One of the hardest experiences for medical students is to appreciate how to live in a world of gray—that is, a world in which there isn’t always one right answer, says Darrin D’Agostino, DO, executive dean of Kansas City (Missouri) University of Medicine and Biosciences College of Osteopathic Medicine (KCU-COM).
To help future physicians navigate through a ‘world of gray,’ Dr. D’Agostino and his colleagues at KCU-COM are incorporating art education into the school’s curricula via guided trips to art museums. During the trips, students see how each person’s unique interpretation of a given artwork is related to the importance of considering multiple perspectives in medicine.
Museum visits in the medical school curriculum
Just over a week ago, KCU-COM began a partnership with the Kemper Museum of Contemporary Art to weave the art and medicine connection into the first two years of medical education. Medical educators are working directly with docents from the Kemper Museum, which is hosting the Smithsonian’s National Portrait Gallery starting in October. KCU-COM’s ultimate goal is to have all students take an annual guided museum tour during each of their four years of medical school.
Dr. D’Agostino wants students to recognize tiny details in a piece of art in the same way they may notice how blood vessel marks on a patient’s face can indicate a disease process.
The artwork’s details and the reasons for a patient’s blood vessel marks can be many, so educators like Dr. D’Agostino and Dr. Kruse are helping students to consider the whole patient story and presentation and allow their observations to guide their thought process.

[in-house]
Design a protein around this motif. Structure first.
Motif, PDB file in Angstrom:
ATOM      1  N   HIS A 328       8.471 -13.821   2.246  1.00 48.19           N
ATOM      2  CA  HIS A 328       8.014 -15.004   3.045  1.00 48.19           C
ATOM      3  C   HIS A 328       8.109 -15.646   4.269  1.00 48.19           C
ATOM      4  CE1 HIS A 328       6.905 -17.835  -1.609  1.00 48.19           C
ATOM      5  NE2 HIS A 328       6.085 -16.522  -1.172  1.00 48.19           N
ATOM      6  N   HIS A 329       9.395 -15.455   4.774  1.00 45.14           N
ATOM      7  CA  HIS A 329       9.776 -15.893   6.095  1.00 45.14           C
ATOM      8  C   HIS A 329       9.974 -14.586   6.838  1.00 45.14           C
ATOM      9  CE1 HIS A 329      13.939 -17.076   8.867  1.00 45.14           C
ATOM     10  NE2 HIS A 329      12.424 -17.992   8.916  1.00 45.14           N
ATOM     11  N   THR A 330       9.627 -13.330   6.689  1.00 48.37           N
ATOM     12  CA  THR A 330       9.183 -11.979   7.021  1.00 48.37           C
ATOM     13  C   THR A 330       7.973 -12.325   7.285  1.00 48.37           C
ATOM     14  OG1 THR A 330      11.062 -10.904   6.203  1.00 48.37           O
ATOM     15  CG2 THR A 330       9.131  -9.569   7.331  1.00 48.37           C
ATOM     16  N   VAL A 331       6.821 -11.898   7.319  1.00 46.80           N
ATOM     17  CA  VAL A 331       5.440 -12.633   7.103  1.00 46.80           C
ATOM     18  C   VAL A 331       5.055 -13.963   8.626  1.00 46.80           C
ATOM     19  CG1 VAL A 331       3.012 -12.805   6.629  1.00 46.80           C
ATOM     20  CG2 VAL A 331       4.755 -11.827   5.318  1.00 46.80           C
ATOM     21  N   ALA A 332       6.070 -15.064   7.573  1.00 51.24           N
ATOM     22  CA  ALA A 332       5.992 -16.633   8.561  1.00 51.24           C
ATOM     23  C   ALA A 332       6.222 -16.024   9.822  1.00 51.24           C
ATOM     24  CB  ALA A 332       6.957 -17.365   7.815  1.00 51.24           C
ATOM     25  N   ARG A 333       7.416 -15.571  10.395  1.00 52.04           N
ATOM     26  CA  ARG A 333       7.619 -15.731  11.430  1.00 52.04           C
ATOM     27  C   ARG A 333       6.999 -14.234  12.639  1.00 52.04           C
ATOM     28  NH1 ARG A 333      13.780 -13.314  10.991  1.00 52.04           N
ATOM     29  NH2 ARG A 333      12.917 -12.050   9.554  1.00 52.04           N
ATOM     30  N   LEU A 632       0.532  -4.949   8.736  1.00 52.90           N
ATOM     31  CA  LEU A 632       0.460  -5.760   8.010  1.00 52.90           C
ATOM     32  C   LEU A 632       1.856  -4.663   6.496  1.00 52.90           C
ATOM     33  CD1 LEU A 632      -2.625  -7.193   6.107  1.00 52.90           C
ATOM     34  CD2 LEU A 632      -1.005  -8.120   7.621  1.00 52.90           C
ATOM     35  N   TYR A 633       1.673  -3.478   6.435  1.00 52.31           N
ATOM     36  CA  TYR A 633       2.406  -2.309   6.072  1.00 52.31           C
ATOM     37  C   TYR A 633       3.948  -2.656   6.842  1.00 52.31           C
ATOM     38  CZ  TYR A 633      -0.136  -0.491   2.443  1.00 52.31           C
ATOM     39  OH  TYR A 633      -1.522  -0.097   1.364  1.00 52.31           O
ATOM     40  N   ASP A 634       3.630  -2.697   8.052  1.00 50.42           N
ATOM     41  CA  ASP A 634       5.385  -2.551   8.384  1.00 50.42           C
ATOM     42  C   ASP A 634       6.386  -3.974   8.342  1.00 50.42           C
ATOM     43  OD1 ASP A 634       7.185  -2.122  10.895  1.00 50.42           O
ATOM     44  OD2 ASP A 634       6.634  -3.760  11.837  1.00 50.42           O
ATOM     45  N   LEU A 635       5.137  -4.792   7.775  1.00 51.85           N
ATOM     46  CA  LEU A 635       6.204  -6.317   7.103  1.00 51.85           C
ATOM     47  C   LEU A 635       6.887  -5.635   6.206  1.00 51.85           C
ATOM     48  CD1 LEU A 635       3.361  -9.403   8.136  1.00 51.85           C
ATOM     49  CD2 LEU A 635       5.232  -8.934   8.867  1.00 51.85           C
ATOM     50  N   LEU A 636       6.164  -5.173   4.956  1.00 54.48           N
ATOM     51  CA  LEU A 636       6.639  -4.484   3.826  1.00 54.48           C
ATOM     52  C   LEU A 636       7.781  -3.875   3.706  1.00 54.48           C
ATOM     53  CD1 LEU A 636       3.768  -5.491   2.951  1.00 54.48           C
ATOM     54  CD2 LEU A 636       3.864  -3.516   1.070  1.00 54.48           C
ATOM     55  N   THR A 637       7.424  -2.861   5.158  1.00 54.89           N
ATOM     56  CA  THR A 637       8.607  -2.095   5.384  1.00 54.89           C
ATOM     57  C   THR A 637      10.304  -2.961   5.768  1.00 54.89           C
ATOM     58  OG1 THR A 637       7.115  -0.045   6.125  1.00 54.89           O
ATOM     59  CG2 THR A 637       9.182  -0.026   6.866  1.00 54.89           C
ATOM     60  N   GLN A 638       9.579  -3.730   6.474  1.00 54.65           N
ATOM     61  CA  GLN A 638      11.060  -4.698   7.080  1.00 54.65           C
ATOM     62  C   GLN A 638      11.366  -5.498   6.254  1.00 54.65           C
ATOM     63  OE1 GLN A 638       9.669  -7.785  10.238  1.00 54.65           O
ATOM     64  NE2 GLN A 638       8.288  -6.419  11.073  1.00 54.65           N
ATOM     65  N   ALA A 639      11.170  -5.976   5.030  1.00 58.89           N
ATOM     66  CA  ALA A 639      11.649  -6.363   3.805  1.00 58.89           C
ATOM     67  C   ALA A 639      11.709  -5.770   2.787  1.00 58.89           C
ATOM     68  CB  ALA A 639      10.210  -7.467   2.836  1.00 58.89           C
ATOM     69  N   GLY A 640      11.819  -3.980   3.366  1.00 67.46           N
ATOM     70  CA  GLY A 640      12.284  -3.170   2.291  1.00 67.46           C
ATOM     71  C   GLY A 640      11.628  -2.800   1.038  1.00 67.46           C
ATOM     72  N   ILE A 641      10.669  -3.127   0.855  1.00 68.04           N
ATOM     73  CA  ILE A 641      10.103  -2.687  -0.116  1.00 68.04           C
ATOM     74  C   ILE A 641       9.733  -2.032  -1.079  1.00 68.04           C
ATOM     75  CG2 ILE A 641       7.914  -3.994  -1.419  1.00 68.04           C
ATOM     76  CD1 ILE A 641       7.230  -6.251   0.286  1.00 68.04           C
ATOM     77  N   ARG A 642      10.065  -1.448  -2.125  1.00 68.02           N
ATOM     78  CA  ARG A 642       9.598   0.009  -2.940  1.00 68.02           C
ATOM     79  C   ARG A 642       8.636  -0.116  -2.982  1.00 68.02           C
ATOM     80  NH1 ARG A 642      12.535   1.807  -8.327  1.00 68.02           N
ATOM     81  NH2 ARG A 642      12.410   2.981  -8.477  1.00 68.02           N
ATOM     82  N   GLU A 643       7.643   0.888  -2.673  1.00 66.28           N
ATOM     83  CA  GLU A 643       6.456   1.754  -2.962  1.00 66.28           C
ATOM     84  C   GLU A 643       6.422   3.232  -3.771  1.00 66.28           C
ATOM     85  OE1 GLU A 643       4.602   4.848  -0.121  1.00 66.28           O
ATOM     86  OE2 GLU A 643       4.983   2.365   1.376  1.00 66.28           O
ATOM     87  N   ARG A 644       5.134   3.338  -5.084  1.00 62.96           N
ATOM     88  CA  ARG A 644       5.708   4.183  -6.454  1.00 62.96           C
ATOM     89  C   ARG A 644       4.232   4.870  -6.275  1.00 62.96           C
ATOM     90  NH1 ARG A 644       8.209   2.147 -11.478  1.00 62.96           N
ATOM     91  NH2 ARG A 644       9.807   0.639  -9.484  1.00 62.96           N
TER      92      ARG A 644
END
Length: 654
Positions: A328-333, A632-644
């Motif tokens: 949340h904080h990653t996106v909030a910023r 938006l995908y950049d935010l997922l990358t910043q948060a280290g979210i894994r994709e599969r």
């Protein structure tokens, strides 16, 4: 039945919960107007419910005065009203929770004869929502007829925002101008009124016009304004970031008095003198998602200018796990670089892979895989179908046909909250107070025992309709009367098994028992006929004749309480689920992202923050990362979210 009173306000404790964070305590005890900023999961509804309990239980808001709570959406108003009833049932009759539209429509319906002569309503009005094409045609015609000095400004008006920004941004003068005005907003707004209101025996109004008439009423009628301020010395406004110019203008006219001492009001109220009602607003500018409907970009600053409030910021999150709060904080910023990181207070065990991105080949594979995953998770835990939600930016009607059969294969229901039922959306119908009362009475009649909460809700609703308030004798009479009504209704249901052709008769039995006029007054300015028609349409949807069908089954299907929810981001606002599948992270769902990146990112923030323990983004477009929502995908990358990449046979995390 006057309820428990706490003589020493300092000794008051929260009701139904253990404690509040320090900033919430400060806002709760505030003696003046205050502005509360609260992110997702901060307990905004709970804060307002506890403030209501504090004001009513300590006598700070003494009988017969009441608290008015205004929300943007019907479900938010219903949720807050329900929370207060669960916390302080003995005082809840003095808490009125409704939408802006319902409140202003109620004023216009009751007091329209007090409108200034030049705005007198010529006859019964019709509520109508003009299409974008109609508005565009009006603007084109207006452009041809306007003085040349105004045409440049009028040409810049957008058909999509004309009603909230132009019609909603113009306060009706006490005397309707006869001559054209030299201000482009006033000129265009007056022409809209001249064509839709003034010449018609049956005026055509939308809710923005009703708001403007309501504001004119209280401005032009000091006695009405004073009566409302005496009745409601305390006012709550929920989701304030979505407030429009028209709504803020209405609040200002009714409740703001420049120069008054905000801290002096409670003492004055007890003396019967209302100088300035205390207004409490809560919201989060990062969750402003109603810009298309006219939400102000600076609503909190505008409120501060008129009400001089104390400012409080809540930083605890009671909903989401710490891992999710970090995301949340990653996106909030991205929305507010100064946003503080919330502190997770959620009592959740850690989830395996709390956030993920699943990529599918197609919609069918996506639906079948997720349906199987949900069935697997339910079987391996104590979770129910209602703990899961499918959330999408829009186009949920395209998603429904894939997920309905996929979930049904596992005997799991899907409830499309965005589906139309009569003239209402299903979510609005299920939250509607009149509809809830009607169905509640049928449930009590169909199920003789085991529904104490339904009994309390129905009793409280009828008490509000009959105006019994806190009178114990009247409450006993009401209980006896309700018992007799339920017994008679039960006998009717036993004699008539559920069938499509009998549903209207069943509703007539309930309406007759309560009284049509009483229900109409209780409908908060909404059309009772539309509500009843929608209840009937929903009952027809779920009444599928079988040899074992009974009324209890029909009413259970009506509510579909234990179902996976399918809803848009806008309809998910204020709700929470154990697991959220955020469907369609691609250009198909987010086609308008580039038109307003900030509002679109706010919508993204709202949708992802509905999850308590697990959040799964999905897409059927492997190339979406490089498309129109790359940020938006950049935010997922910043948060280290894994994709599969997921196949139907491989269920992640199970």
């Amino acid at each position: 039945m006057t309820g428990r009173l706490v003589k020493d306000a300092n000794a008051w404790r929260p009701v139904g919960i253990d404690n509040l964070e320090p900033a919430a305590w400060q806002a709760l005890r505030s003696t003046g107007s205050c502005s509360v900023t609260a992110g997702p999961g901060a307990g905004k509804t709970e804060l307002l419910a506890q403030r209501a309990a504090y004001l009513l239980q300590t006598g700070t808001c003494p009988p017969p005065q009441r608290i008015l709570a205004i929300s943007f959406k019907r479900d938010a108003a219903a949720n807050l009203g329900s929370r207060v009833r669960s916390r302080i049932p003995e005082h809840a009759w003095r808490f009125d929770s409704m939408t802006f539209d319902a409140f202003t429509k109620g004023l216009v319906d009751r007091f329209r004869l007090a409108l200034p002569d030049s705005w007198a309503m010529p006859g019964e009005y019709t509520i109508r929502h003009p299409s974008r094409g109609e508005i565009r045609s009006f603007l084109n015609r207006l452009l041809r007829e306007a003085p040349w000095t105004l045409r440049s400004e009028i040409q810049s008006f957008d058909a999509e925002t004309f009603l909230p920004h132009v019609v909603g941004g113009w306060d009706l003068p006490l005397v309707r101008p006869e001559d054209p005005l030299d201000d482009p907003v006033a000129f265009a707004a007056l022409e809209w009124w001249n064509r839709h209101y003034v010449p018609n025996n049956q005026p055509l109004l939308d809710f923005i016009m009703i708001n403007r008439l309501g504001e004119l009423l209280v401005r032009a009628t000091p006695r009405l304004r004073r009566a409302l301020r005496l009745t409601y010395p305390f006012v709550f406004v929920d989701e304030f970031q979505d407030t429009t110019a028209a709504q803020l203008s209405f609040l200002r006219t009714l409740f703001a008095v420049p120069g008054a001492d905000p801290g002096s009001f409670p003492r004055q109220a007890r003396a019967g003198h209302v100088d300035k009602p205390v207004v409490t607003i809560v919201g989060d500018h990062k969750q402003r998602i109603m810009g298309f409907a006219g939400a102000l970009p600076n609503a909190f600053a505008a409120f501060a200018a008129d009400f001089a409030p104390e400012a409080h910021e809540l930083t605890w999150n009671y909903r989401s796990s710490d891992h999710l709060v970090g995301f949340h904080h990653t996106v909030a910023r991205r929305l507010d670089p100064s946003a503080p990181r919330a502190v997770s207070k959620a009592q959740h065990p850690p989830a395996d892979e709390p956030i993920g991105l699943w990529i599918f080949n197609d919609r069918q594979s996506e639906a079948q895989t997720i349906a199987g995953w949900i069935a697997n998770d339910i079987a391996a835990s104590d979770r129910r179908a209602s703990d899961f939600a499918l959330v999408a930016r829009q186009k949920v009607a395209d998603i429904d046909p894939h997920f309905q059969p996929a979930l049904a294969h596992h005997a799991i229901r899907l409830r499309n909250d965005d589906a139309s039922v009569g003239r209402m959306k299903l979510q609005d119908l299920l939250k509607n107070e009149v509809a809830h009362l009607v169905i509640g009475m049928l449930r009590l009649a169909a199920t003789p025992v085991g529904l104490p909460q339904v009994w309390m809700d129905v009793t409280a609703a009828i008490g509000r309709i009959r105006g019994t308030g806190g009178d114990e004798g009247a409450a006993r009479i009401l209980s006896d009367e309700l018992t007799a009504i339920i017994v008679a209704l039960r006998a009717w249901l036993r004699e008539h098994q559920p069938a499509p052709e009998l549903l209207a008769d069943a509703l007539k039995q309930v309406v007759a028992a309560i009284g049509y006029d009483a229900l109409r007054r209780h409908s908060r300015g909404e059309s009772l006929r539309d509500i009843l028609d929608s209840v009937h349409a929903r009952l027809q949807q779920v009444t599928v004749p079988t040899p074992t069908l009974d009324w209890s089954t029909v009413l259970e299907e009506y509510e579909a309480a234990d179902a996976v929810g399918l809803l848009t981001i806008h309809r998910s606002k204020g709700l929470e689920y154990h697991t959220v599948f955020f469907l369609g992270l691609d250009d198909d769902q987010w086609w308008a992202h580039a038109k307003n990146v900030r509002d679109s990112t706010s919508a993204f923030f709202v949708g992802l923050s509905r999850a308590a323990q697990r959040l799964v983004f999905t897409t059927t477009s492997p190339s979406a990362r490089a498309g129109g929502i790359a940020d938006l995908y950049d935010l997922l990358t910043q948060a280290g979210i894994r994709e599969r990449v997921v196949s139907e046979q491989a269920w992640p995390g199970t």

“Teaching students to understand the complexities of decision making is going to be very powerful,” says Dr. D’Agostino.
This new partnership has evolved from a trip anatomy fellows took to the Nelson-Atkins Museum of Art in March with Schoen Kruse, PhD, assistant dean at KCU-COM, to focus on the art of observation.
How observation helps future physicians
“A trip to the art museum can encourage observation, interpretation and diagnostic skills development,” says Dr. Kruse. “It can promote individual reflection, foster empathy and increase appreciation for the psychosocial context of a patient experience. These skills can prevent burnout and encourage renewal.”
Dr. Kruse preselected two portraits at the Nelson-Atkins and asked students to observe them for about 10 minutes. Students then talked about what they observed in what Dr. Kruse explains to be a judgement-free, confidential, and safe space for discussion.
He then assigned pairs of students to observe a piece of modern art for 15 to 20 minutes before they served as teachers for the larger group in explaining how they could interpret this piece of art to relate to health care.
In the video above, students explain how discussing their observations allowed them to become aware of new perspectives that can ultimately improve the way they practice.
“These exercises put students in a situation where they have to think about what they’re looking at and take time to let those little details come out,” says Dr. Kruse.
Observation prompts provided by Dr. Kruse encouraged students to consider poignant memories in their lives and how careful observation can reveal their capacity for empathy.
“They may talk about a struggle they were faced with and how they came through it all via maybe just a portrait of a window and a chair,” says Dr. Kruse. “That’s the most exciting and rewarding part—to learn the realness of who our future physicians are going to be.”